The clear culprit, as far as Wentworth is concerned, is a “skeletal man” he saw exit the shop moments before the bloody chaos erupted within. But Wentworth has bigger fish to fry; Commissioner Kirkpatrick arrives, chomping at the bit to arrest Wentworth. I forgot to mention that seconds before the people began dying in the shop, Wentworth heard the voice of his fiance, Nita Van Sloan, calling for him – a warning about Kirkpatrick. But Nita’s disappeared (and remains gone for practically the entire novel), and now here’s Kirkpatrick, acting like a completely different person.
Not only that, but Kirkpatrick’s acting like he wants to flat-out kill Wentworth. Plus he’s blaming him for the poisoned tobacco, fully buying Steve Jardin’s story, and claims no knowledge of providing Wentworth with the written-in threat which brought Wentworth here in the first place. In other words, he’s acting like he’s lost his mind, and the veteran pulp reader will automatically suspect mind control is at work, though Wentworth takes forever to figure this out.
In what must be an often-used device in the Spider series, Wentworth is actually arrested; this leads to a thrilling escape sequence, which includes Wentworth knocking Kirkpatrick out cold and then impersonating him, even snipping off a few locks of the commissioner’s hair to fashion into a false moustache! Returning to his posh penthouse on Fifth Avenue, Wentworth is able to use his disguise to get around the police cordon that surrounds it.
Upstairs, though, he’s confronted by a pair of “oriental” intruders; further, he discovers his loyal charges Jackson and Ram Singh tied up. Wentworth blows away the intruders, then stamps his infamous Spider seal on their corpses and dumps them off the side of the building -- his building. Our hero doesn’t go to much trouble to guard his secret identity, does he?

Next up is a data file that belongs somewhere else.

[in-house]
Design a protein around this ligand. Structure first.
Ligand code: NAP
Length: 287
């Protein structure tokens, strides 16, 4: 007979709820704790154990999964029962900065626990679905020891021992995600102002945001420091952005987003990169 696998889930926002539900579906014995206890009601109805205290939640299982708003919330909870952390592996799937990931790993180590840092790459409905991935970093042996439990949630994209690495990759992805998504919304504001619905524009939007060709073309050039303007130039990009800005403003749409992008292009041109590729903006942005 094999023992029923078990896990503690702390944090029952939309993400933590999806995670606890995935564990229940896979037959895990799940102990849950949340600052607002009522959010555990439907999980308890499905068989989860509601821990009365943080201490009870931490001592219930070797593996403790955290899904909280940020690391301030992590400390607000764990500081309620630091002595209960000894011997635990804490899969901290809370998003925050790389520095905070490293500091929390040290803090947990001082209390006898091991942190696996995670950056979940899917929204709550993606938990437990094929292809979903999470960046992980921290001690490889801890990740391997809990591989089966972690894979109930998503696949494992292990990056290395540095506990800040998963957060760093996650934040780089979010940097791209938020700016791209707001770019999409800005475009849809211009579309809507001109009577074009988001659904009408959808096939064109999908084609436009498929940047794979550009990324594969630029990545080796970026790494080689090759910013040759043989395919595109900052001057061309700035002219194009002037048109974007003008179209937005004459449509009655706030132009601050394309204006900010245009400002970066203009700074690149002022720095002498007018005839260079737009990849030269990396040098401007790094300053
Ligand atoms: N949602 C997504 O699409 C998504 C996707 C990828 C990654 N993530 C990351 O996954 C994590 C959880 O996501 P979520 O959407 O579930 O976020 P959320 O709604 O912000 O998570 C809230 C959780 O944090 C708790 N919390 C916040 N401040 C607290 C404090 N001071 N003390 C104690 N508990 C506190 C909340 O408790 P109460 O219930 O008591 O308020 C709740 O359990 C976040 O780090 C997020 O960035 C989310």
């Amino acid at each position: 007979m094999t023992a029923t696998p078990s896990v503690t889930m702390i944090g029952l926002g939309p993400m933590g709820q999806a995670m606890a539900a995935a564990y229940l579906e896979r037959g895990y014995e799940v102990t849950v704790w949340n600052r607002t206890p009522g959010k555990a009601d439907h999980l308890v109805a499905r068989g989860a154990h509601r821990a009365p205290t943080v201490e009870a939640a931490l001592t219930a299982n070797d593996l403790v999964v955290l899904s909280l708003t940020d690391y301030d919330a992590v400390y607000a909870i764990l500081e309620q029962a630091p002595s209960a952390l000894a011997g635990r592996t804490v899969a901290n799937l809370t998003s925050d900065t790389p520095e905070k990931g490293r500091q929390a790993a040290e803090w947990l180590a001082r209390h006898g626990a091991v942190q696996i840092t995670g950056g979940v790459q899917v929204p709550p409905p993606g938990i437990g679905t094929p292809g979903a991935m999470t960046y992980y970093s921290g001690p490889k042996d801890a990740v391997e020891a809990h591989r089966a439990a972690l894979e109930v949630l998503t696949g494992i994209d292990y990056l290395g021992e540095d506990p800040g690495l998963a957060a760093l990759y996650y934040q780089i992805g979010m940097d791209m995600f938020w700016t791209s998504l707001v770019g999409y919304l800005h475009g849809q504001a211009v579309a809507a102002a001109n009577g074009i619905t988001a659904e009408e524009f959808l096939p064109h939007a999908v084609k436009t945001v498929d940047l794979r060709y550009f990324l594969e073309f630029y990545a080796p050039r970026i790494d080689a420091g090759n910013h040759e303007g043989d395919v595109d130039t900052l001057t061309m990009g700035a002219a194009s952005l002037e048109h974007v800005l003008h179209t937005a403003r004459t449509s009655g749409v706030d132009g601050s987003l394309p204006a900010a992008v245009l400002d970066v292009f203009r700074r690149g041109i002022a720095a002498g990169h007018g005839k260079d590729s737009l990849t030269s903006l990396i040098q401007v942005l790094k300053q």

Another person happens to be waiting in Wentworth’s home: Steve Jardin, who not only claims that his girlfriend Delia has been kidnapped (and accusing Wentworth of abducting her), but also that he’s been sent here by Kirkpatrick himself – to kill Wentworth! More proof that the police commissioner has gone insane – or, as Wentworth begins to suspect, is actually working with the tobacco poisoners. After convincing the young man of his innocence, Wentworth gets information from him.
Jardin’s lawyer is a “skeletally thin” man named Dewitt Ahearn, and he did in fact visit the tobacco shop tonight. Now, Ahearn has gone to visit the palatial home of cult founder Deacon Coslin, a faux-“puritan” minister who you won’t be surprised to know is rotten to the core. And guess what his spiel is: preaching against the “evils” of smoking. In fact, Coslin has “prophesized” that more people will soon die from the poisoned tobacco.
Off Wentworth goes in the dead of night – disguised as the Spider! In this early volume we learn that the Spider disguise – with the wig of lank hair, the hunchback, the big nose, and the fangs – has a name of its own: “Tito Caliepi.” Apparently under this guise, posing as a streetcorner violinist, Wentworth only has to make a few makeup changes (ie, donning the fangs, etc), and he changes from an “old Italian violinist” into the fearsome presence who is the Spider. In the later volumes I’ve read, it appears that this Tito Caliepi bit has been dropped: the hunchback, fangs, and etc are the Spider look.